Camps of Containment: A Genealogy of the Refugee Camp


As forced migration becomes an increasingly prominent global challenge, political responses to it demand closer scrutiny. This essay considers one of the most widely used responses to refugee flows, the refugee camp. For the past seventy years camps have been a primary response to forced migration. In 2016, several hundred camps and settlements existed worldwide, housing more than twelve million refugees and internally displaced.1 From the Algerian desert to the Thai forest, these camps vary in almost every dimension. Some are the size of cities, while others are more like towns. Some are fenced and guarded, while others allow free movement. Some have existed for generations, while others are newly created. Amid such diversity, what do these spaces have in common? What is a refugee camp? This is a deceptively simple question, and one that has never been satisfactorily answered. Some authors have divided the universe of camps into categories, distinguishing (for example) self-settlements, assisted self-settlements, and organized settlements.2 Others have focused on camps’ institutional governance, and particularly on the role of international agencies in providing assistance as a (non-transparent, largely unaccountable) “surrogate state.”3 Many more have sidestepped the problem entirely, recognizing refugee camps as spaces of contradiction—of “care and control,” “compassion and repression”—that defy more specific definition.4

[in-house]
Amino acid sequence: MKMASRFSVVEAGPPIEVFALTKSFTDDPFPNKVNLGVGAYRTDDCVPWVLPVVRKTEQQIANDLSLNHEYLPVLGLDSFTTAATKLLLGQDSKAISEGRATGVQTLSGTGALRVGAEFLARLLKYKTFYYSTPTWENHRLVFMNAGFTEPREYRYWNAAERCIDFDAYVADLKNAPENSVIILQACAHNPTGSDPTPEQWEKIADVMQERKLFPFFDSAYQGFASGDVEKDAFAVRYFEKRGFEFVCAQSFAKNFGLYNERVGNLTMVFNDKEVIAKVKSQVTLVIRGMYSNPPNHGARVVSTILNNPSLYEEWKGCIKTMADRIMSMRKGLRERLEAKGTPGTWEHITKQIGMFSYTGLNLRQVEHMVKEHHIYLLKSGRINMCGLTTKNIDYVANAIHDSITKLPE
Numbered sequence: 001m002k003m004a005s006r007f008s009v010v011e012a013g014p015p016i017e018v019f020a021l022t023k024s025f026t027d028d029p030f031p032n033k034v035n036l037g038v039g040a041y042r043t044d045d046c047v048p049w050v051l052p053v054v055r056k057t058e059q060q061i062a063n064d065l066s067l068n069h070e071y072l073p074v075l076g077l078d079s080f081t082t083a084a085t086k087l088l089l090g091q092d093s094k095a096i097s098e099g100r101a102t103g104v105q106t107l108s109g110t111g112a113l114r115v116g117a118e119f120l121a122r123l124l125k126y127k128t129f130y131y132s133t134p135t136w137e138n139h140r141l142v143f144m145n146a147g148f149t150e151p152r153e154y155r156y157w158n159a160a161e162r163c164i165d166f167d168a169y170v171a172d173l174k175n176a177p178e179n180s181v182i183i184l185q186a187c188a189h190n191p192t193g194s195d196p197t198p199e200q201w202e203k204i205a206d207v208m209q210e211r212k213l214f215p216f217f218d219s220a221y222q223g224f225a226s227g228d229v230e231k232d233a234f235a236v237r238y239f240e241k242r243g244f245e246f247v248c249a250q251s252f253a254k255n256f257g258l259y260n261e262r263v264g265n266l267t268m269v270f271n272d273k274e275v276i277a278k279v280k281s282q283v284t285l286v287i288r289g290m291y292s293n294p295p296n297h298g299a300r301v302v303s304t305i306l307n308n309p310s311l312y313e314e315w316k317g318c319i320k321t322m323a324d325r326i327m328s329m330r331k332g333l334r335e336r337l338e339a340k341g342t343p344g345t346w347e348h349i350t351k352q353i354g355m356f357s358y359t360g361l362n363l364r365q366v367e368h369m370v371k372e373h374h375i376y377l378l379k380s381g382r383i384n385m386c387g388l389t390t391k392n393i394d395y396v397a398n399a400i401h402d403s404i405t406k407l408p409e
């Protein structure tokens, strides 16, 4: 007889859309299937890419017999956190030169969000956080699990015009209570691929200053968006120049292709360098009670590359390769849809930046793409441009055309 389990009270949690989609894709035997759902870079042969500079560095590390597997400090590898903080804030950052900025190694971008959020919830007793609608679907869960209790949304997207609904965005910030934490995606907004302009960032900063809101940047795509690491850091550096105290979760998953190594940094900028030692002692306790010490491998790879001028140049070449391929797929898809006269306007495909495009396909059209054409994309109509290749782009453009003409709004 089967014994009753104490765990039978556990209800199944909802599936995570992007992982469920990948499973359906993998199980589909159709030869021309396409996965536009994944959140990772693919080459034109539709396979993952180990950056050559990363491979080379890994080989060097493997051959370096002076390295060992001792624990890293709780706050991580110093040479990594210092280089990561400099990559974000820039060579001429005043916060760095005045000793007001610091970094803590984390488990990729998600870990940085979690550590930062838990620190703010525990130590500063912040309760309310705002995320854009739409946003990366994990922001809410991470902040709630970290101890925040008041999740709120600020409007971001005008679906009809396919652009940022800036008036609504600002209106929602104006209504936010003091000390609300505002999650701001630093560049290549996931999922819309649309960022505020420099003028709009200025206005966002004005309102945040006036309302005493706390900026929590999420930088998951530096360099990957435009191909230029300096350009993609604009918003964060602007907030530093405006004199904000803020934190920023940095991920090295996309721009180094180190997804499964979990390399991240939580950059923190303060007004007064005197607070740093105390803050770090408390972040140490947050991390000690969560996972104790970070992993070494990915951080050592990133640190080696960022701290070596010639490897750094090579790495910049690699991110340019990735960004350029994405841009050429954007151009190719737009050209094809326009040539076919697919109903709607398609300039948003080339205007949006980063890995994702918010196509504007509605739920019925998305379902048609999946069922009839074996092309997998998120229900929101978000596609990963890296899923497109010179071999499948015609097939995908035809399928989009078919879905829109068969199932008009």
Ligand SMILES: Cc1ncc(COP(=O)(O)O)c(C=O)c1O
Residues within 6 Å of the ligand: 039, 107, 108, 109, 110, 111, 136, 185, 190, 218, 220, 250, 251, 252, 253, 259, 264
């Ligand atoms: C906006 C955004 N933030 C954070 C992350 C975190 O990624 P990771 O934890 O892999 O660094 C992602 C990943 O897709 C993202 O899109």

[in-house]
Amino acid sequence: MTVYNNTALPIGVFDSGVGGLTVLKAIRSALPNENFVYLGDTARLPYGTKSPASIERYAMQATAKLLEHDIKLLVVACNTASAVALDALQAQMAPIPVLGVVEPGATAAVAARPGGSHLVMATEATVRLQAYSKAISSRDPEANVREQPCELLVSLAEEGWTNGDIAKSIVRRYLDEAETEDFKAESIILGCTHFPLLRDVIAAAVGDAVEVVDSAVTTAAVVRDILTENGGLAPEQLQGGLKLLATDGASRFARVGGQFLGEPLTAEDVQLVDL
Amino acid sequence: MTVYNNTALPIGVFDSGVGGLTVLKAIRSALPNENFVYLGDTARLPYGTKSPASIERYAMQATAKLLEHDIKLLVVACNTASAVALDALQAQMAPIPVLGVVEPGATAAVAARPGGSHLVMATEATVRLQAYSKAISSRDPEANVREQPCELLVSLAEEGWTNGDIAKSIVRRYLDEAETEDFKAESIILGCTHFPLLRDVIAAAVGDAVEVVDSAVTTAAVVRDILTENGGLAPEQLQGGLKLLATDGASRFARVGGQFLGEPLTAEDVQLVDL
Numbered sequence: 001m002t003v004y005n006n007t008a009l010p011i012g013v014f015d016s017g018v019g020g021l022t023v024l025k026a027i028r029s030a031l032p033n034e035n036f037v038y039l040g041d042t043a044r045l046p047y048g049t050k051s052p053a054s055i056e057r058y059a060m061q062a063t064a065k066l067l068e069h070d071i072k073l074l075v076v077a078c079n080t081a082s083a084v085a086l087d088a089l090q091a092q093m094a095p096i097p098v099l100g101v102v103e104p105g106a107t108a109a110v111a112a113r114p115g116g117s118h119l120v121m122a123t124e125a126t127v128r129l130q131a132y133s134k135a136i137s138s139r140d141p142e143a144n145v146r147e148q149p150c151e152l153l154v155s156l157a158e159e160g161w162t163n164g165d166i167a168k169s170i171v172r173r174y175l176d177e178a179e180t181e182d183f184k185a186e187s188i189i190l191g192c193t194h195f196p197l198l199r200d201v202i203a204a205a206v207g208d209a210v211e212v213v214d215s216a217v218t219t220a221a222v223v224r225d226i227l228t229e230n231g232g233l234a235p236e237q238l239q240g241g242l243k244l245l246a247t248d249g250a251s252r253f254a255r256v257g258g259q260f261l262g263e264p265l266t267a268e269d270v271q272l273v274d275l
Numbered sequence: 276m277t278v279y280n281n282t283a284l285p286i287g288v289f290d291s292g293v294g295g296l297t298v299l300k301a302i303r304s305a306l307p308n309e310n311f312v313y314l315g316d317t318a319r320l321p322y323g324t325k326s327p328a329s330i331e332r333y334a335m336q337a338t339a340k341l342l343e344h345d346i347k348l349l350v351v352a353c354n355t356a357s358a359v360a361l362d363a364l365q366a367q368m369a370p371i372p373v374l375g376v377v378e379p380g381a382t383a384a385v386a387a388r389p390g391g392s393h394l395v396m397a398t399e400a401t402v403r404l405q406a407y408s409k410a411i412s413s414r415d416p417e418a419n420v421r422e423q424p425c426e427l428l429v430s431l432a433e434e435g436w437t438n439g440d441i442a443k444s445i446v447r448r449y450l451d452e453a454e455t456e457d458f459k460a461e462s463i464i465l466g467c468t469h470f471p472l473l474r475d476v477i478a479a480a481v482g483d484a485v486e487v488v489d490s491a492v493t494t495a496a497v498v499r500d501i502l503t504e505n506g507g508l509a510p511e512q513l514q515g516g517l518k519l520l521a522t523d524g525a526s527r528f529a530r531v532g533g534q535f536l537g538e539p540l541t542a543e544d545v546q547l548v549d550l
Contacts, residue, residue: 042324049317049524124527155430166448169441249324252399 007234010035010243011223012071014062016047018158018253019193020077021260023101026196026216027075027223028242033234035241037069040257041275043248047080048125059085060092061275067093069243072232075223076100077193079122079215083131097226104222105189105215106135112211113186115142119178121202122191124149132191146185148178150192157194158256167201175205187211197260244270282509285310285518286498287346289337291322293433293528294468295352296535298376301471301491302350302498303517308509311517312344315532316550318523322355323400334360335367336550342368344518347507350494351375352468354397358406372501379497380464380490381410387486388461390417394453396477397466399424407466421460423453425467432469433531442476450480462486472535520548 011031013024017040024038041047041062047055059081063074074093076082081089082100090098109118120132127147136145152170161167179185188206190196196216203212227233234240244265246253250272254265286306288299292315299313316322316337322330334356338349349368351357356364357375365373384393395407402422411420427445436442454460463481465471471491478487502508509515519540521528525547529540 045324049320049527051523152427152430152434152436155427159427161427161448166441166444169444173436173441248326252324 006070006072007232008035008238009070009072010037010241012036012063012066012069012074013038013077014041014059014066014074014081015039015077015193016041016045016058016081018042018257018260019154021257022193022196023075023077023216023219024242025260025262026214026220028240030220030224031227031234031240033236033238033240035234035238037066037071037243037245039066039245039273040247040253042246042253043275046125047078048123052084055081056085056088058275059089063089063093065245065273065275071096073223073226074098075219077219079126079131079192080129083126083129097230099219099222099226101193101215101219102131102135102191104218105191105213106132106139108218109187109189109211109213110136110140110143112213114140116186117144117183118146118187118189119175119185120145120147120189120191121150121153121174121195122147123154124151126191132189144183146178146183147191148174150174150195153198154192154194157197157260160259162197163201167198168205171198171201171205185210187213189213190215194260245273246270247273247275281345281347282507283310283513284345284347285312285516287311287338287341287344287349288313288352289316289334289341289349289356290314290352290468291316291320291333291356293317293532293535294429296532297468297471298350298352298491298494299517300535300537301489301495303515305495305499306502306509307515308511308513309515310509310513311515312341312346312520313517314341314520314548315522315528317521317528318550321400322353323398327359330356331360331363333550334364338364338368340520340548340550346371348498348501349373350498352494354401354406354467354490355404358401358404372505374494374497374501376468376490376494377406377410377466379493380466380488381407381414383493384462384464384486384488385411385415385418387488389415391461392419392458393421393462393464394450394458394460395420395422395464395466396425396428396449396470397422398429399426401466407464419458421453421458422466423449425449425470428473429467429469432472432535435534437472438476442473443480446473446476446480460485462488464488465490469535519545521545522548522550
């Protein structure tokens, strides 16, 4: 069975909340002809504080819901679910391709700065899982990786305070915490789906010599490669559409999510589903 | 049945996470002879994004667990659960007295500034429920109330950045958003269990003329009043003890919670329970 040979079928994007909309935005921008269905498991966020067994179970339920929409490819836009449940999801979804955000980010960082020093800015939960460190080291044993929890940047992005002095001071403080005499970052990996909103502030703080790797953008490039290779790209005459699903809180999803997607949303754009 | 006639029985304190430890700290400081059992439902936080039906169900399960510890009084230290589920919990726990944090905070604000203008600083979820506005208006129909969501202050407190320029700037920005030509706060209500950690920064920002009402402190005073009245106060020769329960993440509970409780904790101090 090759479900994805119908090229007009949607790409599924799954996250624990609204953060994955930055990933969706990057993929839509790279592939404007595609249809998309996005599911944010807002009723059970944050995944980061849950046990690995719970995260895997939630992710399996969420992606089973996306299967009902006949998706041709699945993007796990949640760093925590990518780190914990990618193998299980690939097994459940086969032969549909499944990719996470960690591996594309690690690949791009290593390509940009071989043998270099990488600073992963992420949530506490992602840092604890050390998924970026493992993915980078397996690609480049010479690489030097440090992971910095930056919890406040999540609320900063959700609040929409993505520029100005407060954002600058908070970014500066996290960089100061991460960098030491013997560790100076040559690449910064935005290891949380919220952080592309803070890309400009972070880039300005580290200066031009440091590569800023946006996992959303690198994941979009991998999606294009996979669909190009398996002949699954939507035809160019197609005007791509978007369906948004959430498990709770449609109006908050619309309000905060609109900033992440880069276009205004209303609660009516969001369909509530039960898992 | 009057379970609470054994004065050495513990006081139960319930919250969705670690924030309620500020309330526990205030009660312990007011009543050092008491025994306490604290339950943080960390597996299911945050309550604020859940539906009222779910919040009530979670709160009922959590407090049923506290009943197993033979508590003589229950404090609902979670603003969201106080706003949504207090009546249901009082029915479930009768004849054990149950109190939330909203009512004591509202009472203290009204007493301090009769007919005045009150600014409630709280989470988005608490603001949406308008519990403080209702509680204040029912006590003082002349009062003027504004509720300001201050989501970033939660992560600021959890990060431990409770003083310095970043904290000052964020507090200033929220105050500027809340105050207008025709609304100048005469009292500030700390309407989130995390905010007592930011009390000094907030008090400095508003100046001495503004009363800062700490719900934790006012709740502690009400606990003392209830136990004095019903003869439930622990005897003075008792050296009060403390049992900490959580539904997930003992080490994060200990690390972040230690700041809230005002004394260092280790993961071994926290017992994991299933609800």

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About Kirsten McConnachie

Kirsten McConnachie is assistant professor of law at the University of Warwick. She is a socio-legal researcher whose work studies governance, justice, and security in refugee situations. Her book Governing Refugees: Justice, Order and Legal Pluralism (Routledge, 2014) examined camp management and the administration of justice among Karen refugees on the Thai-Burma border and was awarded the 2015 Socio-Legal Studies Association early career book prize. She is currently working on a second book, examining the experiences of Chin urban refugees in India and Malaysia.